The Center for Technology Innovation sponsors a series of day-long workshops on cutting-edge technology issues with nationally-known speakers.
Workshops are open to the public and offered in-person or online. Workshop pricing are as follows (unless otherwise noted):
A full day, online workshop costs $125.00 (or a discounted rate of $105.00 for UWM MIS/ITM alumni).
A full day, in-person workshop costs $165.00 (or a discounted rate of $145.00 for UWM MIS/ITM alumni).
A half-day workshop costs $65.00 (or a discounted rate of $55.00 for UWM MIS/ITM alumni).
All prices include handouts.
Git: From the Inside Out
Workshop presenter, Raju Gandhi is a software craftsman with over 20 years of hands-on experience scoping, architecting, designing, implementing full-stack applications. He is a proficient developer in several languages, and having spent the last 8 years in DevOps, he can provide a 360° view of the development cycle, guiding teams to write not just sustainable and evolvable software, but architect and design applications that are DevOps enabled, and if required, cloud native.
He has long been in the pursuit of hermeticism across the development stack by championing immutability during development (with languages like Clojure and paradigms like functional programming), deployment (leveraging tools like Docker and Kubernetes), and every-thing-as-code (with toolkits like Ansible, Terraform, and Packer). Also, he is the author of two books, including one with the best-selling Head First series (O’Reilly) called Head First Git. Raju can be found on Twitter as @looselytyped.
The version control system battles are over, and Git has won. Perhaps you have been using Git for a while. You know how to stage and commit your work, create and delete branches, merge branches—maybe you have even tagged a commit every so often. However, Git often leaves you confused. You’ve used Git at the command line and while the basics are mostly a breeze for you, the last time you found yourself in a pickle, you searched online for an answer (git reset –hard what again?) and just ran an arbitrary command hoping that you don’t lose a bunch of your important work.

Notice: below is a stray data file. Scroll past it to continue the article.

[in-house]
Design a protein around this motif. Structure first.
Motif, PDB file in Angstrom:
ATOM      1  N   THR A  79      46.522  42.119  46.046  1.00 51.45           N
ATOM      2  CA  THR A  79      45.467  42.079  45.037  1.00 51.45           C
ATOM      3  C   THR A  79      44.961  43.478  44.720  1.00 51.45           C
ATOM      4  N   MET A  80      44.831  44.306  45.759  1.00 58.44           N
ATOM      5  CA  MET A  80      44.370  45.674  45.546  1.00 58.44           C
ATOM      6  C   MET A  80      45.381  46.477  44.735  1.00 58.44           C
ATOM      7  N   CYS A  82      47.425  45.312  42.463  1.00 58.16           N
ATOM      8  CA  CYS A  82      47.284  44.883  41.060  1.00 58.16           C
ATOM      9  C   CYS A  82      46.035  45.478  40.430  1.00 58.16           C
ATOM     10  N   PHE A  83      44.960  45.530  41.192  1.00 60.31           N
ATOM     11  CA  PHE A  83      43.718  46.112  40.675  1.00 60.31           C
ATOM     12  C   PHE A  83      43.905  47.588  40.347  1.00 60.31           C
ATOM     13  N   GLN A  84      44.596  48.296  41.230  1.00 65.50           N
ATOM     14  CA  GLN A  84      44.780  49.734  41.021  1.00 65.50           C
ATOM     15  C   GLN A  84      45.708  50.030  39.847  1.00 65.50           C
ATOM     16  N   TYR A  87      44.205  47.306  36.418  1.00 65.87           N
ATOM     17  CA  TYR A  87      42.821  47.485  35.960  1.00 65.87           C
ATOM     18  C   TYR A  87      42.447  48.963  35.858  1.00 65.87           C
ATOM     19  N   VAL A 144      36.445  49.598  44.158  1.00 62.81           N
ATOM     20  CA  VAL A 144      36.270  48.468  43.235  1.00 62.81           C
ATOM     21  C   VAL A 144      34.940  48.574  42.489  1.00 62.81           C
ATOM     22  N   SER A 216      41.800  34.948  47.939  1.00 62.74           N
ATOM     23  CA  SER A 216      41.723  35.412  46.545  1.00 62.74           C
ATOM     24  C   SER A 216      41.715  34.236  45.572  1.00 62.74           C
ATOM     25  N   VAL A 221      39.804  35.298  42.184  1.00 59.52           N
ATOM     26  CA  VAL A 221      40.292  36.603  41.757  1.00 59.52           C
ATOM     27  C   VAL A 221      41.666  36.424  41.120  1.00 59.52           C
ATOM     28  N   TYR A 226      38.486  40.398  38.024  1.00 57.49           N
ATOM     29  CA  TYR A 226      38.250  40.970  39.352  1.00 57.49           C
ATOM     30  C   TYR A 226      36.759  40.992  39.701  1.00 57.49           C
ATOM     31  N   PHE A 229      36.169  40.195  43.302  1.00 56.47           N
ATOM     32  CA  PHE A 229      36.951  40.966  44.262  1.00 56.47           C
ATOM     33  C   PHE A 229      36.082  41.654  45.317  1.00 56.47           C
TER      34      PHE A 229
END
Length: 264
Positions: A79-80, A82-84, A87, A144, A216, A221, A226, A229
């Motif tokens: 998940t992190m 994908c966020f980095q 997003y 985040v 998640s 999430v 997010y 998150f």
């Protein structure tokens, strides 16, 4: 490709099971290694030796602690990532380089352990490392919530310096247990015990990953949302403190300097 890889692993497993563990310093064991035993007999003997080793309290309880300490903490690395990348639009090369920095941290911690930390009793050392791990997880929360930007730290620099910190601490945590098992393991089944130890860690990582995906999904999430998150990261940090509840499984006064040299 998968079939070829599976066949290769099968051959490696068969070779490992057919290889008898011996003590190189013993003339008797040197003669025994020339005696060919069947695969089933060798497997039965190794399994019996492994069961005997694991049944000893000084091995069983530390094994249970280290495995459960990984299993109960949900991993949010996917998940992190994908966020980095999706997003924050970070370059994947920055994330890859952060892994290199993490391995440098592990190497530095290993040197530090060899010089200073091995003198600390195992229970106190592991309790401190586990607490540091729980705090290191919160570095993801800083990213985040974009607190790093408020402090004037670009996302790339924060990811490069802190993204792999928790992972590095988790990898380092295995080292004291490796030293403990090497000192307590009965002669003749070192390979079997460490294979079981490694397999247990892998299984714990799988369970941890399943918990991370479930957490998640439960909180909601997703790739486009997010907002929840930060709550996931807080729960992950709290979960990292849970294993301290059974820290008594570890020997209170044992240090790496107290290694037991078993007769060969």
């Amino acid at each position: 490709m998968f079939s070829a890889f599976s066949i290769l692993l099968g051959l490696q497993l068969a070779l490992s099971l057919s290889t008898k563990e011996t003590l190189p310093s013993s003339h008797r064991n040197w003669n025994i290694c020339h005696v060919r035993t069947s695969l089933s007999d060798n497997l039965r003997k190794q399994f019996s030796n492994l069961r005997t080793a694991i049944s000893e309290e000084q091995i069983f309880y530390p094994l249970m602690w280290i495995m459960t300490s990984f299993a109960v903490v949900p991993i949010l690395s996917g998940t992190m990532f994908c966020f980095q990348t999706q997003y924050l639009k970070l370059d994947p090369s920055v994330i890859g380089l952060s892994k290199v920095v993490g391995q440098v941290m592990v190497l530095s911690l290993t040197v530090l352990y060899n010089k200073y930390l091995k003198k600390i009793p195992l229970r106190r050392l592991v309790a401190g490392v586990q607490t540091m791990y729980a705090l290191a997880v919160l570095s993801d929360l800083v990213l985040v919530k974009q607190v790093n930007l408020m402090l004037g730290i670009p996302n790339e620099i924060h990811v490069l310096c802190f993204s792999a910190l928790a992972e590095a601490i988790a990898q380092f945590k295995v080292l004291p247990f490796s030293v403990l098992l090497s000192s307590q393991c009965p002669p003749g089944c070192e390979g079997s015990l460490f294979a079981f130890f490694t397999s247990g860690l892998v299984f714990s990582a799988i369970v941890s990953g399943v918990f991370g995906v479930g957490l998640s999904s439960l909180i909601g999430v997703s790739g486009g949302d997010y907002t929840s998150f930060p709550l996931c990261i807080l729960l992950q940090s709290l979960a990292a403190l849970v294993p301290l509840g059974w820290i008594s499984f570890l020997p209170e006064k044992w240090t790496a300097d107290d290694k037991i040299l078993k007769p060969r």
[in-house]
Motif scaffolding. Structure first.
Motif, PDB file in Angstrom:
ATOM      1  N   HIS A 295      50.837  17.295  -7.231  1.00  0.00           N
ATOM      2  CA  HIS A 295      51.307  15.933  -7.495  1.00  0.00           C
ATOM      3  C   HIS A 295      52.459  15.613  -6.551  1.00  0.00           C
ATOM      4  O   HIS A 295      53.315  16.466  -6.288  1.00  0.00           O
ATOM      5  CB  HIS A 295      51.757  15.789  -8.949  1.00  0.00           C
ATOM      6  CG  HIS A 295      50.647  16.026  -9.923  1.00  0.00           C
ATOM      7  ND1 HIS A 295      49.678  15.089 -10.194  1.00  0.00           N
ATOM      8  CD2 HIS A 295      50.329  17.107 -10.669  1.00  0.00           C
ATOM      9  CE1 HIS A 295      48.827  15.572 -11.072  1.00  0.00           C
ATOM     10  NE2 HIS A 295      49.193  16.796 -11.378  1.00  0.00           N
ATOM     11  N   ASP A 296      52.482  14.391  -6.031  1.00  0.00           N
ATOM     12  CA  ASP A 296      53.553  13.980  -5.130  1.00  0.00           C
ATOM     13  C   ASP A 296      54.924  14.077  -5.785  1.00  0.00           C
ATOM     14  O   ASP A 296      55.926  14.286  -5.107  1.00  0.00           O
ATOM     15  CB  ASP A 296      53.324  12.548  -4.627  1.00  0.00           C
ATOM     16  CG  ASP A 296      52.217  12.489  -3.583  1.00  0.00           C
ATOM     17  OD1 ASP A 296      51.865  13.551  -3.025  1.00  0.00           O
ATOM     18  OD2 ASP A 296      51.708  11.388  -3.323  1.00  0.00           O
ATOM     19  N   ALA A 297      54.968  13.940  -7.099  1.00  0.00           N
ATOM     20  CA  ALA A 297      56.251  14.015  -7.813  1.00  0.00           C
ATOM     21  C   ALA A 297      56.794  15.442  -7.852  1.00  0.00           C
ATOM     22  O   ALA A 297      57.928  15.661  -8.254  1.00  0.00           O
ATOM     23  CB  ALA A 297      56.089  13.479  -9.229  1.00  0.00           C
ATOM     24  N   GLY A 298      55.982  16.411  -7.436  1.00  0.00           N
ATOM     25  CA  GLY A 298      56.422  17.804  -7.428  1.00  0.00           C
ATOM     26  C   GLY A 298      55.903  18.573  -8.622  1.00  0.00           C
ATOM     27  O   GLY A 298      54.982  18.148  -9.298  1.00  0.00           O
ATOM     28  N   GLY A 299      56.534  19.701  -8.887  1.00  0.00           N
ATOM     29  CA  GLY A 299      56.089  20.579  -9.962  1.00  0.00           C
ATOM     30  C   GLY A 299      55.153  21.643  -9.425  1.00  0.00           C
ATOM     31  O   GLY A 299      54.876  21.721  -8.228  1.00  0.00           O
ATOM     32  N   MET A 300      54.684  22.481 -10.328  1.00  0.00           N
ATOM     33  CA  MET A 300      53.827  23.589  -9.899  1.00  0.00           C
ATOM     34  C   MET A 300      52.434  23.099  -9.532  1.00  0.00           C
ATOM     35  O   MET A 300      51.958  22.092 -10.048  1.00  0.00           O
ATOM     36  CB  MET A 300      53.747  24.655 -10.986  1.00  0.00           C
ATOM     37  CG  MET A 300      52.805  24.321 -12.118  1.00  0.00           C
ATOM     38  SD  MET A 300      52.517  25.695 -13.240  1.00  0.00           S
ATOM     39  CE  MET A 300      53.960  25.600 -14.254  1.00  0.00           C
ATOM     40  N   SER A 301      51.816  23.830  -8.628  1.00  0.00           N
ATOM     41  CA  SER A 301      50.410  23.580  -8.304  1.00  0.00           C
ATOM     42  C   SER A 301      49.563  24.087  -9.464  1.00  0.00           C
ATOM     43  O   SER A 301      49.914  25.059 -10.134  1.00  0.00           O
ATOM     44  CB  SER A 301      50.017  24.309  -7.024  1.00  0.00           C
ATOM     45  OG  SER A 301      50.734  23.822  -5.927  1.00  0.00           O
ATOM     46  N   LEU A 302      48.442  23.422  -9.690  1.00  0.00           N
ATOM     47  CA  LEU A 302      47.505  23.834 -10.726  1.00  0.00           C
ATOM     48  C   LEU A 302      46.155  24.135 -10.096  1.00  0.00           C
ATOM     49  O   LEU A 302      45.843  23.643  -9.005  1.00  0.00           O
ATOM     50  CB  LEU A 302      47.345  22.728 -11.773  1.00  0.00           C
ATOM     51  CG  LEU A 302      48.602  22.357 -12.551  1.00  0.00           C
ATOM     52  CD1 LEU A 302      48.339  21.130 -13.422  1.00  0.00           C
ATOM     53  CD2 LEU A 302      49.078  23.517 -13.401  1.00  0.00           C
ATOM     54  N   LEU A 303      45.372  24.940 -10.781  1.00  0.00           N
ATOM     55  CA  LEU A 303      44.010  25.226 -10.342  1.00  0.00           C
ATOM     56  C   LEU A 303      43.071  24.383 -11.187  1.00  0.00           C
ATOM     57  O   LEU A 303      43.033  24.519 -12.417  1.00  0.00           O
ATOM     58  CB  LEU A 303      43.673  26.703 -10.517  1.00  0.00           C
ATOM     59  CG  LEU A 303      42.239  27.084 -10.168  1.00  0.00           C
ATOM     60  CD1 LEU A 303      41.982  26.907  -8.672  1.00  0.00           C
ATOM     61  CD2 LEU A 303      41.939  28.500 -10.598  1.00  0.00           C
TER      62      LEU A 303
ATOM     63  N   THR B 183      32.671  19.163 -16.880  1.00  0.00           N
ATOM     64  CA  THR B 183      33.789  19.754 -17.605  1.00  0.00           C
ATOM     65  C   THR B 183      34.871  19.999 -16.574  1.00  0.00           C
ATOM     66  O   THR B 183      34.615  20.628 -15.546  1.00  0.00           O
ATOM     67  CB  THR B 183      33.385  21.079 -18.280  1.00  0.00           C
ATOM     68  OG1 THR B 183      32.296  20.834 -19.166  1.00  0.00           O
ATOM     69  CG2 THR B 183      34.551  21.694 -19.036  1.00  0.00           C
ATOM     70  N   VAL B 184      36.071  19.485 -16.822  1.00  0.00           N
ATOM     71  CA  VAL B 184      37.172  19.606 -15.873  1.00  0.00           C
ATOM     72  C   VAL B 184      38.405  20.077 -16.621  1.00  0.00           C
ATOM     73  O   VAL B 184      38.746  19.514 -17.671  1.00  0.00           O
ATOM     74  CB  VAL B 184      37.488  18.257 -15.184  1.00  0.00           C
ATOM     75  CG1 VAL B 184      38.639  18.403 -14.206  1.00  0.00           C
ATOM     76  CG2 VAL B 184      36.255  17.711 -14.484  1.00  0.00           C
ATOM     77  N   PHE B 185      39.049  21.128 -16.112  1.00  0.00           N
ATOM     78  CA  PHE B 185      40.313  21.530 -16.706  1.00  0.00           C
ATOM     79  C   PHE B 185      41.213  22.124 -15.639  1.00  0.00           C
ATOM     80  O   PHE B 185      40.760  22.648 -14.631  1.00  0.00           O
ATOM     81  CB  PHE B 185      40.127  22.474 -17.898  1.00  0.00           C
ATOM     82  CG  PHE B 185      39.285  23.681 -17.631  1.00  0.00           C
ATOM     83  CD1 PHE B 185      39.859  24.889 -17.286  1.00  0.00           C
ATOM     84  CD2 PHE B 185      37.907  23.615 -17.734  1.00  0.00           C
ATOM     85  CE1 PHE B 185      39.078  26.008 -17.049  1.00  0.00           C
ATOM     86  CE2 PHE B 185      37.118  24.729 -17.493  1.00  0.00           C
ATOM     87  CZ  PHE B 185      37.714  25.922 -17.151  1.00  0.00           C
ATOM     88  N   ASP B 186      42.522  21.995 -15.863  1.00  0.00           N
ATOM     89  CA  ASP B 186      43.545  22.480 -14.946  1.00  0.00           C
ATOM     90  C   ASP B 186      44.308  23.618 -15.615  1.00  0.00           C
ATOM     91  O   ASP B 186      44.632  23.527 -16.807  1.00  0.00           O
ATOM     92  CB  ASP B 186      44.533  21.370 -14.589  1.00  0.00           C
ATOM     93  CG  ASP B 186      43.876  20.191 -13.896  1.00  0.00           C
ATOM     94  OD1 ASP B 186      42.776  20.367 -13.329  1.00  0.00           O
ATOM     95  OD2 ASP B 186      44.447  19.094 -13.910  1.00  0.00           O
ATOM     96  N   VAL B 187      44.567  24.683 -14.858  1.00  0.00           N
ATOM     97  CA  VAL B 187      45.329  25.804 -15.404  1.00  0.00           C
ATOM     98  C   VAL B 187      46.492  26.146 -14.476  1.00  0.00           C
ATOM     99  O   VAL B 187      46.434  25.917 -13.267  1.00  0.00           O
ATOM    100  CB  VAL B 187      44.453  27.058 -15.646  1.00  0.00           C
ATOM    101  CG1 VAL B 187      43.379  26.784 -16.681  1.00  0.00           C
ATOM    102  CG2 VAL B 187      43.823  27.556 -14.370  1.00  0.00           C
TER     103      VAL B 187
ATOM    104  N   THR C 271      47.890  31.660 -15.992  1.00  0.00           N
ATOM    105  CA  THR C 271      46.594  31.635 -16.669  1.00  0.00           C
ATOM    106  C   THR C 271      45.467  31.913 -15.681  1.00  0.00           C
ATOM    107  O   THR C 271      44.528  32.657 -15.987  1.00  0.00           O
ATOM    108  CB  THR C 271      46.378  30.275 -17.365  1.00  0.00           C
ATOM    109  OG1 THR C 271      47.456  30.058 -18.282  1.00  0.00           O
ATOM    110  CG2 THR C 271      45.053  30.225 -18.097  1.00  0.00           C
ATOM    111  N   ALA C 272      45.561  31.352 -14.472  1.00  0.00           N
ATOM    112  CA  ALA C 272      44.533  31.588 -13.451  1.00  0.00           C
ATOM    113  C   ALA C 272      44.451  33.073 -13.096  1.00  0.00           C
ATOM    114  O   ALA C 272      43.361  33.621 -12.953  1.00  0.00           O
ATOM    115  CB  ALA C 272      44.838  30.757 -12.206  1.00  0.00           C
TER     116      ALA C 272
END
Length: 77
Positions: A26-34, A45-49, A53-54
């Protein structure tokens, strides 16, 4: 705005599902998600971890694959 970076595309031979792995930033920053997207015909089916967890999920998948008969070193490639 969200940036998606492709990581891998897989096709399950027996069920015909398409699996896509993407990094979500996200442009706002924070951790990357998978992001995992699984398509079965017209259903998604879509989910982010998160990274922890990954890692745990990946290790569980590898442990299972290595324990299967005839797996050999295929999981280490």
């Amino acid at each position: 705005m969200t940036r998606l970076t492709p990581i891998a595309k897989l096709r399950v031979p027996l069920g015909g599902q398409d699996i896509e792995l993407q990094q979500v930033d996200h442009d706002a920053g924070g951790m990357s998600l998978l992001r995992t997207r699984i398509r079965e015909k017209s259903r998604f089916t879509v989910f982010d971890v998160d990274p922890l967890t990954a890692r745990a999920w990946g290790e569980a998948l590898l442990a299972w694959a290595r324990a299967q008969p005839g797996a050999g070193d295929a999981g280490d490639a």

Every so often you find you’ve committed your work to the wrong branch. The last time you deleted a branch, you were wondering how you would recover if you accidentally deleted the wrong branch. And whatever is “Detached HEAD state”? Why tag commits, when we have branches? What’s the difference between a merge and a rebase? The answer to all of these questions, and more, lies in the constitution of a commit, and the directed acyclic graph (DAG) that Git uses to manage your history. This, right here, is the key to understanding everything in Git.
In this workshop, we will level up your Git skills. We will foray into the underbelly of Git, and reveal the mystery behind the arcane interface that is the Git CLI. Most importantly, you will walk away with a keen appreciation of how beautiful and elegant Git really is.
Who should attend:
This session is primarily targeted towards architects, team and tech leads, developers, DevOps and build engineers, operations personnel that have embraced GitOps, and any individual who uses Git on a day-to-day basis to version their work, and collaborate with others. If Git is a part of your workflow, you need this session.
- A survey of what resides in a typical Git repository
- Understanding blobs, trees and commits, and the constitution of Git’s DAG (Directed Acyclic Graph)
- Branches and Tags
- What is HEAD?
- Understanding the reflog
- Using stashes
- Undo with reset and revert
- Merging, and rebasing
- Guidelines for good commit messages and branch names
Recent workshops have included:
- Domain-Driven Design (DDD)
- Gleaning Insights from Operational Time Series Data
- Architecting Cloud Native Applications
- Kubernetes Cloud Native Training
- Enterprise Blockchain
- Cognitive Services & Deep Learning
- Software Architecture Fundamentals
- Build Once, Run Anywhere – with Docker and Dockerfiles
- Hands-On Machine Learning
To automatically receive information on upcoming workshops, please click here to request being added to our mailing list.
The Center also sponsors panel discussions with IT leaders who present their thoughts on topics of interest to the local IT community. Audience participation follows the presentation.
Director, Center for Technology Innovation
Assistant Professor, Information Technology Management
Lubar Hall N369